“Being the neurodivergent geek that I am, I decided to map each assembly code command to a drum channel and make patterns based on what was disassembled from the Careto malware sample I had. Luckily for me it actually made a pretty solid 4/4 techno beat.”

How hard is it/what tools did you use?

It is extremely hard and probably the most inefficient way to make music ever. It’s like using those text to image AI generation tools but only being able to type one word in the prompt while the next three words are randomly typed in by a drunk monkey. Making a song using this method you are completely at the mercy of data and however you map the data in order to make ‘music’. Quite honestly most of the time when I make music like this it is closer to fuzzing software for vulnerabilities than making traditional music.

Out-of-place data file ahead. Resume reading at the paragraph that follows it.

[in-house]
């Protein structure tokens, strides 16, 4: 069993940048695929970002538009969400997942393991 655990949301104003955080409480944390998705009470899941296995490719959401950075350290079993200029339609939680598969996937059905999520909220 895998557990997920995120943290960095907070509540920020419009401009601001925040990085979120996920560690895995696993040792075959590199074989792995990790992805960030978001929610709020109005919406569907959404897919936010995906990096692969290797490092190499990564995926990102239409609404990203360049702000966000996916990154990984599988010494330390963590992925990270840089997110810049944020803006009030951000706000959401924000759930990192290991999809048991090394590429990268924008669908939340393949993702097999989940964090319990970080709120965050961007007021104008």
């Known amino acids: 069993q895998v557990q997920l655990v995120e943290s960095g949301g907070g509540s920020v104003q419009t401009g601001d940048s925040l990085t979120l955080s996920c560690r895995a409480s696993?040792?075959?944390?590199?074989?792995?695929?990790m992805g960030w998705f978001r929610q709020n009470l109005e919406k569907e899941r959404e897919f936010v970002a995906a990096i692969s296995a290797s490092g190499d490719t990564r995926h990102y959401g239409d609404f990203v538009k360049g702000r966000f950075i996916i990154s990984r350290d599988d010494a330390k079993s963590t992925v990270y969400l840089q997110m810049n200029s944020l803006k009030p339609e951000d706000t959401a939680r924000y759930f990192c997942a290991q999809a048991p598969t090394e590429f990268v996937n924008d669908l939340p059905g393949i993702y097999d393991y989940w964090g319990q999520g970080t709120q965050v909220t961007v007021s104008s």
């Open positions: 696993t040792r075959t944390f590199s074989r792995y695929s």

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“Since this original primitive method I have expanded quite a few different ways to extract data from malware and code in order to make sounds. The first method, which I called x86 transcoding, would generally be only good for rhythms and drums. I then experimented with turning letters of strings in code, tweets, and malware into Morse code values and then using the dots and dashes themselves as signals to send to notes. This would generate a lot of the rhythm patterns and even some melodies on the latest album as well.”